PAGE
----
The special problems of flat-owners

Required Reading


  


The special problems of flat-owners


In England and Wales (though not in Scotland) flats are nearly always leasehold. Building societies are in fact unwilling to lend on freehold flats in England and Wales because of problems over maintenance and squabbles about 'who should pay for what'.

Leasehold flats are not, however, necessarily a bed of roses. There are two main problems a leaseholder faces. Firstly, there may well be difficulties with the managing agents of the block, who may not be carrying out their duties properly according to the lease, or who are charging too much for what they do.

The second problem is that of a declining lease, which at some point will begin to affect its saleability and value, as leases near the cut-off point at 50 to 55 years, when a building society will refuse to lend on normal (25-year) mortgage terms.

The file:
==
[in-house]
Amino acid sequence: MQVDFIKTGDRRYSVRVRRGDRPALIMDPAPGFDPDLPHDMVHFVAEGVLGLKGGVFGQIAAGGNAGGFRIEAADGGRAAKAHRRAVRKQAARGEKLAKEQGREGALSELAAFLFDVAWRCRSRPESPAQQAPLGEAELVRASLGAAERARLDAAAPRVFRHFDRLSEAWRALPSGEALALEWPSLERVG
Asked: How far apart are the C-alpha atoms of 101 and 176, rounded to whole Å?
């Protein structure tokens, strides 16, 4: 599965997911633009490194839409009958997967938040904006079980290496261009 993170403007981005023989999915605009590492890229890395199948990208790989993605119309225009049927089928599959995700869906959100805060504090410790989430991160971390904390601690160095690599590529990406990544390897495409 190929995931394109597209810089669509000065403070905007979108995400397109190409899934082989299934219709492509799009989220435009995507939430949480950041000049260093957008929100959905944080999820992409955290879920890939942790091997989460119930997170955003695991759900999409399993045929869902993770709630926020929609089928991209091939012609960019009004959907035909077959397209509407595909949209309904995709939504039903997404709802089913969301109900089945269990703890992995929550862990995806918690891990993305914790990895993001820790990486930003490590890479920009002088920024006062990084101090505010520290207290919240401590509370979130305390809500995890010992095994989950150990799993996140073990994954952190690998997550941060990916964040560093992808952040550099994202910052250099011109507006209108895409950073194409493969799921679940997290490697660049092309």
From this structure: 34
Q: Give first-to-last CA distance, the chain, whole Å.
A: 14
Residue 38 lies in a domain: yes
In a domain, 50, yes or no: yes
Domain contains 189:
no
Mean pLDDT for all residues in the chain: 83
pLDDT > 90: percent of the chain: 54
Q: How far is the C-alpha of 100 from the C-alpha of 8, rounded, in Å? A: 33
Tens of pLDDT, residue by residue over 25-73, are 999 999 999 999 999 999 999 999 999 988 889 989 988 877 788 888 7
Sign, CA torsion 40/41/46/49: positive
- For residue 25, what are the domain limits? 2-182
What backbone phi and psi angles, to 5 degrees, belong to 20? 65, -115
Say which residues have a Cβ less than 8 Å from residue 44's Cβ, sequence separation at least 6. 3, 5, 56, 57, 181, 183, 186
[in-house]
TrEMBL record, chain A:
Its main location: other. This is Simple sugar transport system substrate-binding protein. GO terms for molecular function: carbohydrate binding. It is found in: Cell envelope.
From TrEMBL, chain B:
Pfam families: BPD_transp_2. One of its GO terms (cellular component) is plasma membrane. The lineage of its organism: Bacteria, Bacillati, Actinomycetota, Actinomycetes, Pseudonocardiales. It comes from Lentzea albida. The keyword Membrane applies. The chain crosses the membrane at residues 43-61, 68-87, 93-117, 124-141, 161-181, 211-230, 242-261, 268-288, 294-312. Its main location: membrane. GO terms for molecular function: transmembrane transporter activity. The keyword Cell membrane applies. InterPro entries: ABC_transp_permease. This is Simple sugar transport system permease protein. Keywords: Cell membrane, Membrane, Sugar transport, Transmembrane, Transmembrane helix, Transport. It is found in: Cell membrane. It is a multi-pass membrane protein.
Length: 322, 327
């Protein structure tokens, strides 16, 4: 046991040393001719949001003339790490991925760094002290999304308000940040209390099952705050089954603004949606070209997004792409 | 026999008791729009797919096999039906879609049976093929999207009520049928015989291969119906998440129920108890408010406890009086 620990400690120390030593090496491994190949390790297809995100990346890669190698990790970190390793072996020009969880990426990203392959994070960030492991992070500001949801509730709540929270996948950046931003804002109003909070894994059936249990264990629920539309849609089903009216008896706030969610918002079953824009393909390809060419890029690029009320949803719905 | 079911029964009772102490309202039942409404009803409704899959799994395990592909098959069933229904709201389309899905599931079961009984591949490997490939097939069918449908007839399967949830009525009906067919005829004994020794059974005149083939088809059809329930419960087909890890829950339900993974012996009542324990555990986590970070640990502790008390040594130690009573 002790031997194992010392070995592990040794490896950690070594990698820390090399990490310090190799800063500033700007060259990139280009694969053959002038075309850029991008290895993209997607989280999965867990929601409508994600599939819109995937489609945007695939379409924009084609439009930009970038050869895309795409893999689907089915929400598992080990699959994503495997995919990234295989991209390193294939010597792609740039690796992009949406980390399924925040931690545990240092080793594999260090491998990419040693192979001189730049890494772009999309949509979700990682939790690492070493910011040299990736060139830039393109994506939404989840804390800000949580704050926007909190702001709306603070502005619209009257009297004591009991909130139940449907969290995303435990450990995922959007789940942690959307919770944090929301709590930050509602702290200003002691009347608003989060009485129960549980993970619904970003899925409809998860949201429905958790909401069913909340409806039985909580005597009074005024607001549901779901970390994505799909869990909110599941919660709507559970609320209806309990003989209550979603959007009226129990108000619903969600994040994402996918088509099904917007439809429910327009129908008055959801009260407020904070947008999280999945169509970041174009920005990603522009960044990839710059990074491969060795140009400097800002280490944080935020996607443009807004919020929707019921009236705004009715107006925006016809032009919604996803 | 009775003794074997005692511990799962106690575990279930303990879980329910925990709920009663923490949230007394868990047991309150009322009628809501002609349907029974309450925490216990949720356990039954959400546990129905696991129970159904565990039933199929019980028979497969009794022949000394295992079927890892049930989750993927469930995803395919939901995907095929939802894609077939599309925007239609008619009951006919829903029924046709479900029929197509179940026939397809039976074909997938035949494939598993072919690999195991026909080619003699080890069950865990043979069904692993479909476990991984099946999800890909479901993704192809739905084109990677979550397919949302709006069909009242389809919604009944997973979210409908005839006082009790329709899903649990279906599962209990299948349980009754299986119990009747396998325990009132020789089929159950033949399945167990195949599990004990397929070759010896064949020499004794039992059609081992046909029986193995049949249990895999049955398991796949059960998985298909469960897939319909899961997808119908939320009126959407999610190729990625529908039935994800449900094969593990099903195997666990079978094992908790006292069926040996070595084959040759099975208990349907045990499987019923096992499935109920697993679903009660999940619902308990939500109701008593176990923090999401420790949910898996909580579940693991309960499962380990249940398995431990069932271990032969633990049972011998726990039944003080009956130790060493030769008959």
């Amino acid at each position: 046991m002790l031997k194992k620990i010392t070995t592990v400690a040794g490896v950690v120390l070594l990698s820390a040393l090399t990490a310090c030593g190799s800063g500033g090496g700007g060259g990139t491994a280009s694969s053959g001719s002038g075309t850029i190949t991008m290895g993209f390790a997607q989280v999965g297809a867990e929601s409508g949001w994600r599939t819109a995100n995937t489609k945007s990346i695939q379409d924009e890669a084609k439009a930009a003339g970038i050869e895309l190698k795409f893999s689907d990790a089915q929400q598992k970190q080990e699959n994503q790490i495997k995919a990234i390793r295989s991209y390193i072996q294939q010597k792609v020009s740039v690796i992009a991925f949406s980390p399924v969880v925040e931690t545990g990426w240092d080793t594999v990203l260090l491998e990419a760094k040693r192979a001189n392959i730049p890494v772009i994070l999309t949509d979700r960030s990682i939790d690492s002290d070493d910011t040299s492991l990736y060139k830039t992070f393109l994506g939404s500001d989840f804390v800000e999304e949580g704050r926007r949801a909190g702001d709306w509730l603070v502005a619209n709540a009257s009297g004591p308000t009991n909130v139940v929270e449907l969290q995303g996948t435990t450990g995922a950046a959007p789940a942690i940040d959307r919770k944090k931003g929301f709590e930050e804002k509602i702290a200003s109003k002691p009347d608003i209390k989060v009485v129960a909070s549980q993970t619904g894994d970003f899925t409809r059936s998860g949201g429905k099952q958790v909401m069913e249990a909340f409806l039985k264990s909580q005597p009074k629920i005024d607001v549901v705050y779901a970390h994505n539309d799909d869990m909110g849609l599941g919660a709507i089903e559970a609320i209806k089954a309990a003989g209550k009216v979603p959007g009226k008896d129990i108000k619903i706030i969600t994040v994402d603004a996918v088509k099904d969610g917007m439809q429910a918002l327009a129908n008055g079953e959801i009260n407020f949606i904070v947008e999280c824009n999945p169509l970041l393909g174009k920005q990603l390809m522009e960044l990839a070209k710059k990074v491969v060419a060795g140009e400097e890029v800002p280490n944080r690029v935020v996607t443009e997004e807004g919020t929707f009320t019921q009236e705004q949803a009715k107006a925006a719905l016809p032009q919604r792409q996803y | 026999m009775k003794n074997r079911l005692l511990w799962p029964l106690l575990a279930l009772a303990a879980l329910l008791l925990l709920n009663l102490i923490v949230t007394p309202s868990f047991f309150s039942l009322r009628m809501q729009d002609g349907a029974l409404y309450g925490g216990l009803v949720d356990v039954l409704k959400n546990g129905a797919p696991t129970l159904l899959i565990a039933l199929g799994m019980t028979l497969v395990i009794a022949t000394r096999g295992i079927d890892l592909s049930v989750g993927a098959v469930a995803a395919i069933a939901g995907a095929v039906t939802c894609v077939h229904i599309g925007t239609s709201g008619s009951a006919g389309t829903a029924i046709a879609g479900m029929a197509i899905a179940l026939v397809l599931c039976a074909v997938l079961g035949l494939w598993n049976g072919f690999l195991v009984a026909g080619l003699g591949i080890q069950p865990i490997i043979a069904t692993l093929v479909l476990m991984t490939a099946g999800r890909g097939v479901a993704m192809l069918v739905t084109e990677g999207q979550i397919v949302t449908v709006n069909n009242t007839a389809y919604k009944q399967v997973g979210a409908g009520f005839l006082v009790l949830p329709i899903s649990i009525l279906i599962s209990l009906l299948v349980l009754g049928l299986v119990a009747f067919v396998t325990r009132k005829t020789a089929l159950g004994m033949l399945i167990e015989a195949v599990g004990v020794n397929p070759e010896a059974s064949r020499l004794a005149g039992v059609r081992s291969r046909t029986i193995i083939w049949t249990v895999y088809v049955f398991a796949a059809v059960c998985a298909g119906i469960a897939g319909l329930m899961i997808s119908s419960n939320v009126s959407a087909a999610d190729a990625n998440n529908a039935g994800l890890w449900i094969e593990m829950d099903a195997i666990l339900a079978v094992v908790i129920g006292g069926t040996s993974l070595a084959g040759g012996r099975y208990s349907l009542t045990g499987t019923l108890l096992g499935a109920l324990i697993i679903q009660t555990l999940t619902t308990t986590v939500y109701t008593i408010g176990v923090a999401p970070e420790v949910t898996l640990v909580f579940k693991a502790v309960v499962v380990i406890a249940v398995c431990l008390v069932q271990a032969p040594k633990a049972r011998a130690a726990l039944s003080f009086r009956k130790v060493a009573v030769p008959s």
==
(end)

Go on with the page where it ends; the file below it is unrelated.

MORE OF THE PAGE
Leaseholders in flats have two possible solutions to this problem which are discussed below, though both depend on the agreement of the freeholder, who is not obliged to help you (unlike in the case of leasehold houses, where under the Leasehold Reform Act of 1967 leaseholders have the right to buy their freehold).


Cant pay wont pay


Assuming you're not using your house in this way, but are genuinely in difficulties, you should, long before it gets to this stage, consider `trading down' as an alternative, if your financial problems look as if they're likely to persist.

With estate agents' and legal fees, it's an expensive business and you may not come out of the deal with as much as you had hoped; but it's better than having the building society conduct a forced sale where they will be primarily interested only in getting enough money to cover the loan, not in getting the best deal possible. In any case, the society will charge their legal and other costs on the sale to you.

3 You have to give up work because of ill . . .... see: Cant pay wont pay


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